Following his first true season of track and field experience, Oliver Duncan is slated to compete in the 8-and-under division of the USA Track and Field Junior Olympics.

The Liberty Elementary School third-grader will be at the competition in Jacksonville, Florida, which is slated to begin Monday and continue through Aug. 1.

Duncan is ranked No. 1 in the state for his age group in the 1,500-meter run. His personal record is 6 minutes, 9.37 seconds — nearly 3 seconds ahead of the second-place mark.

Duncan also captured a gold medal in his first and only 800-run race at a USATF invitational meet in McDonough. He now heads to Jacksonville with his eyes set on the national stage.

Duncan is a year-round athlete outside of track and field. He runs cross country, plays baseball and basketball and is considering soccer.

“Most times, he was going to track and field and then, after that, he was changing in the car into his baseball uniform to go play a three or four-game tournament over the weekend,” Duncan’s father, Brian, said.

Oliver Duncan also competes in the javelin, where an average distance for athletes his age is around 30-40 feet.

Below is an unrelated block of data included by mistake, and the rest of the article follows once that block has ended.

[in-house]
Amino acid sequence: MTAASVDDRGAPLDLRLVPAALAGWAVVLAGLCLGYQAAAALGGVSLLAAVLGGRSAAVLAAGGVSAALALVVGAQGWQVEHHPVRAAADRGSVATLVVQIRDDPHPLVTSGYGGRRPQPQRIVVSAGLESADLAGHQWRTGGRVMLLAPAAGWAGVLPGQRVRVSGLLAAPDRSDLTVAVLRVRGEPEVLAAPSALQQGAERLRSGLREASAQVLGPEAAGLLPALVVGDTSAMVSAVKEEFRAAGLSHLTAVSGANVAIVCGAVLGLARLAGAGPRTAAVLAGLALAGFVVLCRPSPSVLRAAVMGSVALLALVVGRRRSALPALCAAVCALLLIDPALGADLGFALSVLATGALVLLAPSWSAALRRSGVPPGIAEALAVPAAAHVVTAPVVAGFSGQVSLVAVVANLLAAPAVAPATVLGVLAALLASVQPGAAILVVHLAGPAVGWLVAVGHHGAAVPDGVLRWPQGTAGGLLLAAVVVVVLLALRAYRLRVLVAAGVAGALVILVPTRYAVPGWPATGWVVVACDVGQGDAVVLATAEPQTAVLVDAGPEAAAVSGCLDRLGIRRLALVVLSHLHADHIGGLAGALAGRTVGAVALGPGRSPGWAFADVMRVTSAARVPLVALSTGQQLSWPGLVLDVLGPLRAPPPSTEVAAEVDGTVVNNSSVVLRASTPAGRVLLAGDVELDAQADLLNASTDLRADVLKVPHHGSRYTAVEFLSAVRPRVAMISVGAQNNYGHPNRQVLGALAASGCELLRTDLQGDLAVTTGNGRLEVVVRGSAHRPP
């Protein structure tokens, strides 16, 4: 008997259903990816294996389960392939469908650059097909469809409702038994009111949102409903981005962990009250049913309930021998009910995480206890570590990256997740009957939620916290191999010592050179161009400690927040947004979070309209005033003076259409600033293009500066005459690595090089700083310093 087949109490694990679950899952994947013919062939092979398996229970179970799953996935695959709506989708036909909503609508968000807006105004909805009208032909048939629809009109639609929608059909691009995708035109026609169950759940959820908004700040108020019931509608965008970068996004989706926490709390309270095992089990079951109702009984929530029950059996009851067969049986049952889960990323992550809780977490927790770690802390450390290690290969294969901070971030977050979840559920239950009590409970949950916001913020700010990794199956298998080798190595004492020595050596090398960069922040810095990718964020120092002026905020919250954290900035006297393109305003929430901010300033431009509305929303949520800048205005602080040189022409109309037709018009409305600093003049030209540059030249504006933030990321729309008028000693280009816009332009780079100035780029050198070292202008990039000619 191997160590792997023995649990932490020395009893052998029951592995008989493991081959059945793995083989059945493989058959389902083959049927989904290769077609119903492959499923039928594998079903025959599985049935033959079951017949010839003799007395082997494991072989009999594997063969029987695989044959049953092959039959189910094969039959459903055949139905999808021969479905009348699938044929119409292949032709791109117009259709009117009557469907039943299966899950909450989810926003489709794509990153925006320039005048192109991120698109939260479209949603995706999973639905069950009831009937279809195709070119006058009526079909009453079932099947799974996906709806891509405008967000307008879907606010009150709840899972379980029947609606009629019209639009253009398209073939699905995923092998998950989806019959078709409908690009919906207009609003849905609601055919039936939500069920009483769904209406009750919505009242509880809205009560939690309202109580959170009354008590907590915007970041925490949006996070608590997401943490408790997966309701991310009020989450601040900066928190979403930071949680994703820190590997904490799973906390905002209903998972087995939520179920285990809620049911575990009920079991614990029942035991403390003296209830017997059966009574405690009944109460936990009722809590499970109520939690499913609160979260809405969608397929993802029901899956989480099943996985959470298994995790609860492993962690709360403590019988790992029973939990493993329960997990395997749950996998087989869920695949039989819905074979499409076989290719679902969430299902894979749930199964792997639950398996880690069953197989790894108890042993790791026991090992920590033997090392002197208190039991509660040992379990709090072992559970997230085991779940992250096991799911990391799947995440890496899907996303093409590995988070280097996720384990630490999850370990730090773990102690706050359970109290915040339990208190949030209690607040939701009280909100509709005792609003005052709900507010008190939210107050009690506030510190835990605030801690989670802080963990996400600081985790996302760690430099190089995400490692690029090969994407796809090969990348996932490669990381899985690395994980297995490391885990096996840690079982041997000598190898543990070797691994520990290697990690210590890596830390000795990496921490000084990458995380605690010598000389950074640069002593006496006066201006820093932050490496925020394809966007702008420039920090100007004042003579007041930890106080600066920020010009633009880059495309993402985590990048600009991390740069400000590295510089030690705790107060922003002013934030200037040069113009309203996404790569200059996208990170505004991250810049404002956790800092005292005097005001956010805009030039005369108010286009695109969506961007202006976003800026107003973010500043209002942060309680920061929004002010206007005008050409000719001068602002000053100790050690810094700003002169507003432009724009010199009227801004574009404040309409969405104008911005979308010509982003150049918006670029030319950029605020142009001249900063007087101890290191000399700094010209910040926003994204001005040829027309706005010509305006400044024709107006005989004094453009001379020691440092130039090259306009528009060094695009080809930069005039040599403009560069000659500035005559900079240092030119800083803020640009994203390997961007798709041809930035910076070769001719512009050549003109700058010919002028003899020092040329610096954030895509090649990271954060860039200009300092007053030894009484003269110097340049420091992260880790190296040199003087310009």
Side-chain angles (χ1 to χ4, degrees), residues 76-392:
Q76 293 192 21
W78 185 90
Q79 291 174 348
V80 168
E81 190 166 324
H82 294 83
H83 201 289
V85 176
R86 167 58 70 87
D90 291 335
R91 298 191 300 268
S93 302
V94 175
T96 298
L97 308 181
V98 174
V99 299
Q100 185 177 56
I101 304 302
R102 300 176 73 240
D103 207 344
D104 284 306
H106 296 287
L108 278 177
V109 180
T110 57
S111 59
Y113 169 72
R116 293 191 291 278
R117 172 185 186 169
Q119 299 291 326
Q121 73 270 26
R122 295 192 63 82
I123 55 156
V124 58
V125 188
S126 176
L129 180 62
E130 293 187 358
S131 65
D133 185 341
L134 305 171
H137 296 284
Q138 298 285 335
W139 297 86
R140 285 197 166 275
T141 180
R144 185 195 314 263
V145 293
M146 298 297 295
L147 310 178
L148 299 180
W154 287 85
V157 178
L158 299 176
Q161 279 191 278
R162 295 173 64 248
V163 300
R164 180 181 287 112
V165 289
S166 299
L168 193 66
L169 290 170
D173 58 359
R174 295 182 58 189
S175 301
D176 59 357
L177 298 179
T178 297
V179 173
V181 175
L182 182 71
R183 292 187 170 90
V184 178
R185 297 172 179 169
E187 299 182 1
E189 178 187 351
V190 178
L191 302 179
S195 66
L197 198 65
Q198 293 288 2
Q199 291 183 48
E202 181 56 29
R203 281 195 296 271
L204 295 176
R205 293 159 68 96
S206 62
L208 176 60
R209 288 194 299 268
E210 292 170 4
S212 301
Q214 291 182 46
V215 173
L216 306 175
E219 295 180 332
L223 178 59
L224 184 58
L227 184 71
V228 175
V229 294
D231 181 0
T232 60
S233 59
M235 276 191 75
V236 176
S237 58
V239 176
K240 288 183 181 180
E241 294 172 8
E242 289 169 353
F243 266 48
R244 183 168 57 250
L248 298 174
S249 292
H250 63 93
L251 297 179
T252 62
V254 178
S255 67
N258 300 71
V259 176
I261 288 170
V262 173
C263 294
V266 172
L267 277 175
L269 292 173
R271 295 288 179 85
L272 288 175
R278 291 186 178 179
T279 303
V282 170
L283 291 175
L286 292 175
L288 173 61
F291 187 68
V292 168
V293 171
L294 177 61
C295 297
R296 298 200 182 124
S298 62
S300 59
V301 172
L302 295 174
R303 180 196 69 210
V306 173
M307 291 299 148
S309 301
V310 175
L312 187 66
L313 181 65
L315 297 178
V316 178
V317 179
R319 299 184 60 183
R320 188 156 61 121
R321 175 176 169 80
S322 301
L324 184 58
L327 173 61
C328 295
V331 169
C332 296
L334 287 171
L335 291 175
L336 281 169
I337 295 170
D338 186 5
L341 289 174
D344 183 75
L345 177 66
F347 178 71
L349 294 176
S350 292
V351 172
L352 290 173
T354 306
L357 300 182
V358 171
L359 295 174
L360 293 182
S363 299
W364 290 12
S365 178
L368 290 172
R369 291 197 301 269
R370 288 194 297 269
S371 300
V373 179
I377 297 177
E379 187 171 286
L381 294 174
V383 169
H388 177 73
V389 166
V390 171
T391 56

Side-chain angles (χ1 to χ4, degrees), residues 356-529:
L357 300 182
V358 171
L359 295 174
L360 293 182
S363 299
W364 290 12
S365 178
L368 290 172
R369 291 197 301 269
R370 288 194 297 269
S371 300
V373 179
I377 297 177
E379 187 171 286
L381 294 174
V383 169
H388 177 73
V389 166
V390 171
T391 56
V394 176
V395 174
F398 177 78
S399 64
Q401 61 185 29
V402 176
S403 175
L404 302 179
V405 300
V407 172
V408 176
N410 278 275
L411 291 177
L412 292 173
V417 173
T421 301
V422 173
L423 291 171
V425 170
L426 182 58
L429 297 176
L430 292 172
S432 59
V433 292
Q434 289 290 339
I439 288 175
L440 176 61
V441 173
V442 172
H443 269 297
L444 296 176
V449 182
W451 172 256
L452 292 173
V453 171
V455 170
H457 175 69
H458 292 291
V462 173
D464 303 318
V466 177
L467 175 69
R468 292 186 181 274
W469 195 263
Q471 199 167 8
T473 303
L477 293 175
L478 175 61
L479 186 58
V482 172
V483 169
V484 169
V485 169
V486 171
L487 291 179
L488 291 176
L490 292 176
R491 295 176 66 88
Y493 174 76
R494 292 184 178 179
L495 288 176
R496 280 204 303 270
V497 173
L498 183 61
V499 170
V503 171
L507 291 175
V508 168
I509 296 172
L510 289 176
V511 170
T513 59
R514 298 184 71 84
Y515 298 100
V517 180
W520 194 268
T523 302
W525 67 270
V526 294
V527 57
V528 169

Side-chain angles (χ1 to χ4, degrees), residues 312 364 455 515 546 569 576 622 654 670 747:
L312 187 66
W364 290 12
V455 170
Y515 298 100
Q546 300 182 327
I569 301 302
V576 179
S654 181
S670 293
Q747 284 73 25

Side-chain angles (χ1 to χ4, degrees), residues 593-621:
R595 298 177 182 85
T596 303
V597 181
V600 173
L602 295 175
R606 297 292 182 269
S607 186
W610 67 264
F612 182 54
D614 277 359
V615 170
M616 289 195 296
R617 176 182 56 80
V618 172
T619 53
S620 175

Duncan, however, throws 60 feet. In a regional qualifying meet in Rome, he added another 15 feet to his already head-turning distance.

That sharp improvement came when Duncan faced another athlete his age with similar power.

“He knew going into the event in Rome that there was a kid coming up from Florida that was throwing about the same 60-62 feet he was,” Brian Duncan said. “He would get out there after school or camp and he would go practice with his coach for a couple of hours.”

Brian Duncan said he is confident his son will perform well at the Junior Olympics. He thinks Oliver has a chance to crack the top five in the javelin and potentially finish in the top eight of the 1,500.

Commitment is a trait of Oliver Duncan that stands out, especially among athletes his age.

Brian Duncan said he believes his son’s coaches at the Cherokee Youth Track Club have made a significant difference in his development and commitment to running. That drive to train and compete leads him to one of the nation’s top meets for his age group.

“Last night, it was pouring rain, and I told him we did not have to train tonight,” Brain Duncan said. “He made me run through the woods on a three-mile trail run. We were covered in mud, and he was looking for hills to run.”

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